On Chesil Beach

May 25, 2018

in Movies

Film (2018)

Directed by Dominic Cooke
Screenplay by Ian McEwan
Based on the novel by Ian McEwan

Music by Dan Jones; Cinematography by Sean Bobbitt; Film Editing by Nick Fenton

With Saoirse Ronan (Florence Ponting), Billy Howle (Edward Mayhew), Emily Watson (Violet Ponting), Anne-Marie Duff (Marjorie Mayhew), Adrian Scarborough (Lionel Mayhew), Samuel West (Geoffrey Ponting), Bebe Cave (Ruth Ponting)

Billy Howle as Edward, Saoirse Ronan as Florence in 'On Chesil Beach'

Billy Howle as Edward
Saoirse Ronan as Florence
in “On Chesil Beach”
Image: Courtesy of Bleecker Street Media

A beautifully done rendition of McEwan’s difficult narrative about a pair of newlyweds on their honeymoon.

Edward Mayhew (Billy Towle), from a working-class family with a brain damaged mother, falls in love with Florence Ponting (Saorise Ronan), a violinist from a higher class family with a mother Violet (Emily Watson) who’s simply a bitch, and they get married. They go to Chesil Beach for their honeymoon and face up to the demands of intimacy.

A lot moves slowly in this interesting but flawed narrative. The most interesting part has to do exactly with the glacial pace of much of it. The painstaking attention to details of the honeymoon setup and the blow by blow flashback of the romance are all done exquisitely. This represents not only beatuiful filmmaking in all respects but a genius for this kind of storytelling by novelist and screenwriter Ian McEwan. Were the whole thing to be like this, it would, in its own strange and slow-moving way, be perfect.

Unfortunately, McEwan has the tendency to overdramatize his narratives in certain ways. It gives them a certain kind of jolt but also draws away from that painstaking attention to detail which is his stock in trade and which represents so much careful knitting of interactions between subtle elements of plot and character.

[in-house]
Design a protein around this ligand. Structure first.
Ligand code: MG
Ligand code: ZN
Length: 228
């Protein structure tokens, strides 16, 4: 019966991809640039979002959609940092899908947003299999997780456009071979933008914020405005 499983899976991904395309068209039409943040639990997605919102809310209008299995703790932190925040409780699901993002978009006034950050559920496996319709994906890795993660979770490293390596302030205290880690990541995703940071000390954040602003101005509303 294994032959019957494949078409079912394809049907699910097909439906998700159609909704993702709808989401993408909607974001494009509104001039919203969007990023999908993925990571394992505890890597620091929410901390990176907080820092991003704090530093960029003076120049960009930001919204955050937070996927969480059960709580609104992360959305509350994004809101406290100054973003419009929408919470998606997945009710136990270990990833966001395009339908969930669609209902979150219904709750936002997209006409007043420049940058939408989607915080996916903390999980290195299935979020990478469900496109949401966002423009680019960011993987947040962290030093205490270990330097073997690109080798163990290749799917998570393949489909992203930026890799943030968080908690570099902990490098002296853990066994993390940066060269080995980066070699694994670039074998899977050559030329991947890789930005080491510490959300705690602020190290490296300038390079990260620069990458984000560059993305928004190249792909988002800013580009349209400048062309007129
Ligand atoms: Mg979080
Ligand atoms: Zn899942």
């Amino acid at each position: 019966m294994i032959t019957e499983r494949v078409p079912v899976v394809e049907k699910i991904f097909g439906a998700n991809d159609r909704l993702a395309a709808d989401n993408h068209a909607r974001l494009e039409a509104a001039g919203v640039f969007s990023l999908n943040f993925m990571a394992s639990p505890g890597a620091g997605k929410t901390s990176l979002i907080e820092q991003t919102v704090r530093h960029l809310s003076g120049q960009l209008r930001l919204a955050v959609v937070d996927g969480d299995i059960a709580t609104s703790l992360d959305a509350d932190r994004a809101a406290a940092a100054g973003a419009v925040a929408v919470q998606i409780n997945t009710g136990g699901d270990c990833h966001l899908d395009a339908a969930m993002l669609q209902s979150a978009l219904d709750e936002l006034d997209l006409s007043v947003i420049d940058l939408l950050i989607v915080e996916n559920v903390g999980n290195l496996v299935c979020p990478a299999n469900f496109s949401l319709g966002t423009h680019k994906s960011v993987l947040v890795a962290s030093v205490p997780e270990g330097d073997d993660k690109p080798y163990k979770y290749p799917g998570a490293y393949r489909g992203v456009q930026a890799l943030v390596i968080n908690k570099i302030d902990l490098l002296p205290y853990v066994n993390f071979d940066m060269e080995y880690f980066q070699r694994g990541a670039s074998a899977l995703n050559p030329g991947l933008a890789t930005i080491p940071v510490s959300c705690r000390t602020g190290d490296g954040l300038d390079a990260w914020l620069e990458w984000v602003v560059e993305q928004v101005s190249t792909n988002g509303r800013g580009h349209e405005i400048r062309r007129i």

But, baboom! Here, as in other narratives, McEwan lowers the boom and it feels oddly out of place. What has built up over the course of all but the last part of the film as a kind of deliberate investigation of character, turns into a kind of melodramatic mess.

It would seem that the idea of the melodramatic turn is what might have inspired the narrative to begin with, but unfortunately, if that were the case, it just seems out of place. Everything preceding it is so finely wrought that the lowering of the boom seems wrong.

The two stars are truly wonderful together. Oddly, they appear concurrently in the far less fortunate current adaptation of Chekhov’s The Seagull. They are far better here – passionate, penetrating, convincing. They have real chemistry between them, and it is that which makes the odd turn of the narrative seem particularly weird.

Direction, editing, music, are all done expertly. Transitions between flashbacks and the current scene at the beach are artfully wrought.

Oddly, I had the same kind of disappointment at the end of this film that I had at the end of Lars von Trier’s Nymphomaniac (2014). Though entirely different films, they are, in their major buildups, excellently done in so many ways. When, in both cases, the narrative comes crashing down at the end, the effect on what precedes it is numbing. One simply wants to ask each of these excellent writers why he chose to screw up what were such convincing narratives with denouements that are just cheaply dramatic.

Overall: On Chesil Beach is in so many ways such a beautifully written, directed and acted film that one really must see it for those dominant qualities and try to bracket off what feels like an unfortunate narrative turn which, at the end, weakens it.

Saoirse Ronan as Florence, Billy Howle as Edward in 'On Chesil Beach'

Saoirse Ronan as Florence
Billy Howle as Edward
in “On Chesil Beach”
Image: Courtesy of Bleecker Street Media

– BADMan

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